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Retailers, restauranteurs take advantage of cutting-edge technology

From cognitive computing to virtual reality to robots, retailers and restaurants are looking beyond e-commerce and mobile tech to entice customers.

5 min read

Restaurant and Foodservice

Chef Daniel Boulud presents at
Samsung 837’s 360 Meals
(Photo: Donald Bowers/Getty Images for Samsung)

From brick-and-mortar to mobile to social, today’s consumers are used to operating in a seamless world. Pretty much every industry has had to adapt to these consumer expectations, including food retailers and restaurants.

Often, the conversation about seamless consumer experiences is focused around e-commerce and mobile technology, but what about the other types of technology that have been developed around this concept? Cognitive computing, virtual reality and robotics are just some examples of the kinds of consumer-facing technologies businesses are using to create the most seamless consumer experience possible. So how are retailers and restaurants incorporating these technologies into their operations?

Cognitive computing
Cognitive computing is a new era of smart technology that uses machine learning to decipher consumer preferences and use that information to curate personalized experiences. The most famous use of cognitive computing is IBM’s Watson technology, but the field is growing and now there are opportunities for retailers to incorporate the technology into the shopping experience, both online and in stores.

For example, three-year-old firm CognitiveScale brought its cognitive cloud software to the National Retail Federation’s BIG Show earlier this year, displaying its software optimized for the retail industry that allows food and other types of retailers to deliver what the company calls a “hyper-personalized” shopping experience. Through its software, the company helps retailers create both physical and digital profiles of their customers to allow for personalized in-store shopper engagement.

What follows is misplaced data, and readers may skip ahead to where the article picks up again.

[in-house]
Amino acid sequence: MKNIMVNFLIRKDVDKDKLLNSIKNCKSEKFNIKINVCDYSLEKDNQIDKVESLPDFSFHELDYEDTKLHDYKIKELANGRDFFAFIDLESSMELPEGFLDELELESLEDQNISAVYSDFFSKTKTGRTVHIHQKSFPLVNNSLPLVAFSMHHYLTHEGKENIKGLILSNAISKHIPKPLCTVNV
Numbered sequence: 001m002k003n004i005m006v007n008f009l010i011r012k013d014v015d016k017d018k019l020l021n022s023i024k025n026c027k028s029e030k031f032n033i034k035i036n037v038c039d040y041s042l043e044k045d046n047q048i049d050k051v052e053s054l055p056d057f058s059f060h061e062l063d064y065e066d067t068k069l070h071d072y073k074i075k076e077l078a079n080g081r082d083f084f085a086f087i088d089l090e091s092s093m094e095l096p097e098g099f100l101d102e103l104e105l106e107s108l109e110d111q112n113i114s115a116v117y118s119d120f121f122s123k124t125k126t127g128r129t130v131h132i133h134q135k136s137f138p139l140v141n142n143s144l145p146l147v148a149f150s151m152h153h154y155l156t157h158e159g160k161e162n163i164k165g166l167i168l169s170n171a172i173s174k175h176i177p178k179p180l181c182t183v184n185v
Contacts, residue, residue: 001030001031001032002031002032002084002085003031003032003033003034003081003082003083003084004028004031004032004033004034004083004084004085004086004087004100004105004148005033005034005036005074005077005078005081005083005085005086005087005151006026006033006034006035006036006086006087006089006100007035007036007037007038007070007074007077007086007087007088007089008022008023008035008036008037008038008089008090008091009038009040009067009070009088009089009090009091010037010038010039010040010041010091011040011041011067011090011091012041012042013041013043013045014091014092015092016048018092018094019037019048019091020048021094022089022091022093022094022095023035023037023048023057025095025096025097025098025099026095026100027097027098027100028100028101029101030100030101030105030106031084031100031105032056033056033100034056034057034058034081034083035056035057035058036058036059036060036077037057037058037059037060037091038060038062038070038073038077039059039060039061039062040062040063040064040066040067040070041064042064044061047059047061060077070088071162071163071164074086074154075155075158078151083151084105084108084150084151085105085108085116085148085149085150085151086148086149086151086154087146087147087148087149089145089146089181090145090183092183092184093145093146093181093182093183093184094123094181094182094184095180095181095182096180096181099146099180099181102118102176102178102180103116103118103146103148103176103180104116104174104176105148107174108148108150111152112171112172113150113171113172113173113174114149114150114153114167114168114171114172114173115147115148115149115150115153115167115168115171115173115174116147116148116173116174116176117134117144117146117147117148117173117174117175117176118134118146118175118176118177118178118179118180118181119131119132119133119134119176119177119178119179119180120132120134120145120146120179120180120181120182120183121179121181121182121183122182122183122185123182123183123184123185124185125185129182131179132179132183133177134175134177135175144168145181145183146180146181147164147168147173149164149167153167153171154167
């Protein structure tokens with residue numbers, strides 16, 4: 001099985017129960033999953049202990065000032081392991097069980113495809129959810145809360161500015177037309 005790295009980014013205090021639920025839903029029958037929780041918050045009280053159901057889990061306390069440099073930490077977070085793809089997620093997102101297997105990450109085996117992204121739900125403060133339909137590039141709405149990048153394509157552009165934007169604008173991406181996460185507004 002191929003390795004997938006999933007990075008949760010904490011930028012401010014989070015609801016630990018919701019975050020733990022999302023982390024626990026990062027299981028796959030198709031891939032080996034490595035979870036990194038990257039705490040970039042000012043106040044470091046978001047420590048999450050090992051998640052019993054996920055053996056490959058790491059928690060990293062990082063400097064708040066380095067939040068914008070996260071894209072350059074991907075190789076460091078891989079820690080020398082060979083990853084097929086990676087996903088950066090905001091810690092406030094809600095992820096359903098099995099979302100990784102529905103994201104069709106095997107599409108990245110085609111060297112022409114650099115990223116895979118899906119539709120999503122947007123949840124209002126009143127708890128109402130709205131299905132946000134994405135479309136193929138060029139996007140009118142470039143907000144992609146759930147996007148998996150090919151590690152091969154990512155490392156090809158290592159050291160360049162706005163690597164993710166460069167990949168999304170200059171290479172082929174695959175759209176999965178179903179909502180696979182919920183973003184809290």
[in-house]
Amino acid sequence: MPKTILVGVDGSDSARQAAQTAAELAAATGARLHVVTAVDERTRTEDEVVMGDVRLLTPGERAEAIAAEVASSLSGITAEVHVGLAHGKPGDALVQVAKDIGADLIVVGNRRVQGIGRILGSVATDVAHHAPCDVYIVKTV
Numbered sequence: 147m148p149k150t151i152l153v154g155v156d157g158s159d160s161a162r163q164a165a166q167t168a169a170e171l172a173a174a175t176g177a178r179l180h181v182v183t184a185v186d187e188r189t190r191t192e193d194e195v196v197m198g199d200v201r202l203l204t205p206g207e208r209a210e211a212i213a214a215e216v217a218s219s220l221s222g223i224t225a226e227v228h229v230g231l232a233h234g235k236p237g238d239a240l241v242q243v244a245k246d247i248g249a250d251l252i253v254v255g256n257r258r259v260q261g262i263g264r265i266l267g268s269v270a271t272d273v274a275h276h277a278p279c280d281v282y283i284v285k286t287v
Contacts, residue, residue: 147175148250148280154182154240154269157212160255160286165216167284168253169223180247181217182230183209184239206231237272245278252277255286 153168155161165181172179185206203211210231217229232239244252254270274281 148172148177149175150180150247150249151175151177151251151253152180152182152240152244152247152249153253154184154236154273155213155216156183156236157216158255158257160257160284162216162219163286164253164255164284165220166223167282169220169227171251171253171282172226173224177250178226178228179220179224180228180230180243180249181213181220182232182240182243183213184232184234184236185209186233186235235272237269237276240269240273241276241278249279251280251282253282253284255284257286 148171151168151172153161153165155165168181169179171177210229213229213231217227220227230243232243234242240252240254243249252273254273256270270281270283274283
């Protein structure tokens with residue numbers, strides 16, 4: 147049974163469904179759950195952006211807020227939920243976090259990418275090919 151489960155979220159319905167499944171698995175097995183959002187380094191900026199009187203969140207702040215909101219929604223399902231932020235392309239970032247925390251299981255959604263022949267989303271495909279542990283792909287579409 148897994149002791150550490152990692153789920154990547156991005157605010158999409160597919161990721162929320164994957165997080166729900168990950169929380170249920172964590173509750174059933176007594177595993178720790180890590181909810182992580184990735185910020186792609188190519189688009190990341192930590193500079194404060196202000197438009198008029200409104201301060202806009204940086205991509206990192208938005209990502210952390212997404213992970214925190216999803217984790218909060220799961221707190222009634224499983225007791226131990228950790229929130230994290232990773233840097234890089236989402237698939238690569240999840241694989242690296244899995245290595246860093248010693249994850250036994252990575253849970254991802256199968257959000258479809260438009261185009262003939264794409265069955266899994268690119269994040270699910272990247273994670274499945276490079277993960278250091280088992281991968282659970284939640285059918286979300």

CognitiveScale looks to help retailers offer “micro-experiences that are powered by a deep understanding of [the customer’s] profile allowing, the retailer to market to them as an individual rather than as a broad market segment,” the company told GeoMarketing.

With Deloitte reporting that the cognitive computing market is on track to exceed $50 billion in 2018, compared with $1 billion in 2014, there is little doubt that the industry will see more from the cognitive computing sector in the near future.

Virtual reality
Virtual reality is another developing technology that industries are finding new applications for. Retailers are seeing the value of virtual reality as a way to create more of an experience for shoppers venturing out to stores, and even restaurants are finding ways to use virtual reality technology to their advantage.

At Samsung 837, a New York City retail experience meant to put the electronics company’s products on display, cooking demonstrations and classes take place in a kitchen that features smart home devices and virtual reality technology. The first virtual reality cooking demo took place there with the help of Chef Daniel Boulud, who filmed a 360-degree video at his restaurant DANIEL that was viewed by consumers who were also treated to the smells of Croque Monsieur sandwiches that were being made on-site. The event provided an opportunity to put a spotlight on the virtual reality technology and to feature Boulud’s restaurant and menu.

Robotics is not a new technology — it’s not even necessarily new in the retail sector. Retailers have made use of robotic technology in manufacturing and the e-commerce fulfillment process for years. But with recent advancements in robotics technology, industries including food retail are finding new ways to incorporate robots into their operations in ways that are more apparent to customers.

For example, Bossa Nova Robotics works with big-box and other types of retailers to provide robots that are fully autonomous and have the ability to work with store associates inside physical stores. The robots collect and process data about the products on shelves. The company’s technology can navigate around shoppers and employees to help in the restocking process.

“Inventory inaccuracy, empty shelves or misplaced items result in significant loss of revenue for retailers each year. Bossa Nova’s technology helps recapture those lost sales by collecting high-quality, time-sensitive data that provides detailed, accurate and actionable information to help store staff improve retail shelf compliance,” CEO Martin Hitch said.

Another example of robotics technology being used in stores comes from 4D Retail Technology. The company’s 4D Space Genius robotic imaging platform moves through stores via Segway taking images of every product on a store’s shelves in ultra-high resolution and 3D to create a 3D map of the store in less than 60 minutes. The technology helps retailers get a clear sense of where every single product is located within a store and also processes information about price tag discrepancies, missing price tags and empty shelves.

From advanced machine learning to smart robotics, technology is becoming a very broad term in the food industry. And as consumers’ lives delve deeper into today’s connected world, these technologies are bound to be joined by many others in the future.


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